The day wasn't as sunny as the evening sky had suggested it might be, and there were one or two light showers but there was still lots of sun and the gusts were less than 10 knots. After breakfast and a tidy up of boat and passenger, it took 45 minutes to haul the Roll-Up out of the forward hatch, unroll and inflate and launch it, and attach the outboard. I took my passport and Certificate of Clearance from NZ, as well as some snacks and some money, my camera and French Phrase book and set off. The entrance through the reef is shallow and narrow with small waves breaking either side, but having watched several locals paddle their outrigger canoes in, it was apparent that the best approach was quite close to the reef on the northern side of the pass, and that is what I did. There were no problems and I steered to a launching ramp, cut the motor and stepped out into the shallows. The kids crowded round chattering but I couldn't converse with them, just took my stuff up onto the grass, then the outboard and then the dinghy, carrying it up on my back.
There were actually dozens and dozens of people watching me! They had arrived and set up a big tent by the wharf earlier in the morning, were broadcasting recorded music through powerful speakers, and had beach volleyball nets set up. Under the tent women sat weaving hats and making other handicraft, and families sat along the water front under trees with kids playing in the sand nearby. I gathered it was some sort of Fete. They had a surprising number of huge octopus just caught from the reef, and were tenderizing them by smashing them on rocks by the wharf.
I didn't find the Police or Customs so have spent a day as an illegal immigrant in French Polynesia. Many people in their attempts at conversing with me, guessed I was from "le bateau" (the boat) but no one seemed that interested in legalities of Entry so I stopped asking for "le gendarme" and eventually wandered off to explore the town. It was far bigger than the impression I had from the boat. There were several clean concrete streets parallel to the shoreline and some cross streets, so perhaps 60 or more houses. They were all pretty neat and tidy, small, tin roofs, low walls with sliding gates, and most with fruit and coconut trees all round. Some were obviously abandoned, a few had neatly tended graves in the lawn and there were a few tiny cars, small 4WD 's and motor scooters. It was all very quiet. Dogs wandered about, as did lots of chooks and there were numerous pigs, each tied by a short leash to a nearby tree. I found a tiny store that was crammed with wares, selling everything from beer to tinned food and T shirts but there were no fresh vegetables or fruit - I would imagine everyone grows there own, such is the lushness of the place - but there was some bread! At first the shopkeeper was reluctant to accept foreign money, but a woman came in who spoke better English than he did and eventually he took my ten Aussie dollars and gave me the bread and some change. A second lady came, there was another discussion about me, and he then gave me more change - 500 Francs. I think he was over generous actually, because I have since checked the rate and its about 85 to the dollar, so tomorrow if I go back I'll return some of it. Everyone was very friendly but not over inquisitive.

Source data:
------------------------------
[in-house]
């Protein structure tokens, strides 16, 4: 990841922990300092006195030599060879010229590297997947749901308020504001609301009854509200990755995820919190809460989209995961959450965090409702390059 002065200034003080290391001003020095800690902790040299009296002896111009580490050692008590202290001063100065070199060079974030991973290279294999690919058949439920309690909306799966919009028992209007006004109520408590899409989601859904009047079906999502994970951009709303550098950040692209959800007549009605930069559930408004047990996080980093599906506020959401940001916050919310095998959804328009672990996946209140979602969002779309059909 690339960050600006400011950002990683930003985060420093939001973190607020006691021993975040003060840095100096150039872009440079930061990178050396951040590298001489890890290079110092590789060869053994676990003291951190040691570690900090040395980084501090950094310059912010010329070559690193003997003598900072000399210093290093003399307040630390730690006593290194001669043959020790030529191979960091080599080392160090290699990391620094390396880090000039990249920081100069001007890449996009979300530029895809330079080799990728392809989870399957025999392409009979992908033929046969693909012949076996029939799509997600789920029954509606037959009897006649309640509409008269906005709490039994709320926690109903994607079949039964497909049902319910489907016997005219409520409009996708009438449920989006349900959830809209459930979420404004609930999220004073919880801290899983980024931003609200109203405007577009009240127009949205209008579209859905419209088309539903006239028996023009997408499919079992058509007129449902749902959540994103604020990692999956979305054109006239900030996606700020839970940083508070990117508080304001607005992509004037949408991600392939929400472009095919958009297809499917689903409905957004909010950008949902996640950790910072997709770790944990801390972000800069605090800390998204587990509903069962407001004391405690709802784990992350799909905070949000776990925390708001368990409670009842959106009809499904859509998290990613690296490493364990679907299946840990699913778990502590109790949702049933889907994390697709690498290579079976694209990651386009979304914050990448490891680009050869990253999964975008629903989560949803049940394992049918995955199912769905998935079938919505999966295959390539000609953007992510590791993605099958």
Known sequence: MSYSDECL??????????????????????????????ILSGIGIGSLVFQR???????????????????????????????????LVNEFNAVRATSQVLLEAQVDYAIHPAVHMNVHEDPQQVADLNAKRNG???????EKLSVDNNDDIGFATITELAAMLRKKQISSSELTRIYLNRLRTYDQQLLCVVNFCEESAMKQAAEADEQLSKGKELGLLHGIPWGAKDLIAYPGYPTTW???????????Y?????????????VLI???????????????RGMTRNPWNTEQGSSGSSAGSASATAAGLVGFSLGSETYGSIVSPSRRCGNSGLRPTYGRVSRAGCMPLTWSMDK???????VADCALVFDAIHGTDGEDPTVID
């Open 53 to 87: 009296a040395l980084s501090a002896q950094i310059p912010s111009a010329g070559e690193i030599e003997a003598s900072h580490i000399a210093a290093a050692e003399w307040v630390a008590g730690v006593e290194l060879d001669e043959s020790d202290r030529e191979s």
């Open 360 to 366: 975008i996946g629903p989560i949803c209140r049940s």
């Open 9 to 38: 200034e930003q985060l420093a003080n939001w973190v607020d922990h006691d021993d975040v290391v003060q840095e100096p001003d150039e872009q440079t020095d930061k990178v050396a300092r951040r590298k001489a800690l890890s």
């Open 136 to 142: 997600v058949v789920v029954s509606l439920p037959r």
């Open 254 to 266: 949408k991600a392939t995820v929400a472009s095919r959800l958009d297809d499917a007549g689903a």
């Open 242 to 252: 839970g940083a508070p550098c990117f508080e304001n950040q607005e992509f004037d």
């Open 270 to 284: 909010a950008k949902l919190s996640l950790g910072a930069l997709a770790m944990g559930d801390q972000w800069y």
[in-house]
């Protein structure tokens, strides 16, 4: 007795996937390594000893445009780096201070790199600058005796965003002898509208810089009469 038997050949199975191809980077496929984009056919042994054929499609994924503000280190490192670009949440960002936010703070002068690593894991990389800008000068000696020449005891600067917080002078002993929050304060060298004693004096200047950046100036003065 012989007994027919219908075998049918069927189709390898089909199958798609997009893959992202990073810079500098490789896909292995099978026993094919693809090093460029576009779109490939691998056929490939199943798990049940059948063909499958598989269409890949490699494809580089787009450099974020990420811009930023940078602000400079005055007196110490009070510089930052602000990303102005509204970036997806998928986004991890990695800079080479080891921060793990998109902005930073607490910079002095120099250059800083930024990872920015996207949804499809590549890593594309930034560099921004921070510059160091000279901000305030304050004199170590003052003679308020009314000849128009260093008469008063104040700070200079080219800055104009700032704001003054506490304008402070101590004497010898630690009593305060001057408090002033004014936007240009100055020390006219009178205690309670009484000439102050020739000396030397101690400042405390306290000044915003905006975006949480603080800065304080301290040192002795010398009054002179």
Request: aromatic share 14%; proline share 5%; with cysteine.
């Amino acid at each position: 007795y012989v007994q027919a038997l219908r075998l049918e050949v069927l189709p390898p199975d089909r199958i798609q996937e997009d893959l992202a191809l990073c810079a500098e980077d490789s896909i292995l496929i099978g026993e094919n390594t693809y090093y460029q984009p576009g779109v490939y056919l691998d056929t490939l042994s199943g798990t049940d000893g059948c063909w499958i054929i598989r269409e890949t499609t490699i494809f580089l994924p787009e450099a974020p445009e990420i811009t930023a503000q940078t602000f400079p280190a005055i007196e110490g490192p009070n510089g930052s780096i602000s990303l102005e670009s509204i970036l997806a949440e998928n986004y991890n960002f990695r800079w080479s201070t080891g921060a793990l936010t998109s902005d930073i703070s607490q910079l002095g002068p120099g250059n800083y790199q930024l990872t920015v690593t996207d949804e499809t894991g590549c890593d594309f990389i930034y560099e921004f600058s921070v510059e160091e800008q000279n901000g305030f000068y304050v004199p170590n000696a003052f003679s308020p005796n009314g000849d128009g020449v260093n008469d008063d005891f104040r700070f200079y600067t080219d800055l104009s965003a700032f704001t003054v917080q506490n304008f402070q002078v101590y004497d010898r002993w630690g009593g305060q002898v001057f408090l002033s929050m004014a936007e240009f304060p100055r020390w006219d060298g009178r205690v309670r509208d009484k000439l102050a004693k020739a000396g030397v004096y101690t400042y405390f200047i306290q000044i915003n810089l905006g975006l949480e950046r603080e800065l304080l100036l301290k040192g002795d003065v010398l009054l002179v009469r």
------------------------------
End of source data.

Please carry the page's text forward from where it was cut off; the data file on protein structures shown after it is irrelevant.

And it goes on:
Later, after wandering through their very tidy Cemetery, high on the hillside, I sat and chatted with 4 guys who offered me beer and marijuana, as they sat drinking and smoking outside what looked like a closed warehouse building. They said it was "le magasin" - the Shop- and would open later .I declined their offers but we had a nice interaction, and I think arranged to meet again tomorrow. One of them wants to give me some bananas and some coconuts - well that's what I got out of the conversation, shall see what actually happens tomorrow!
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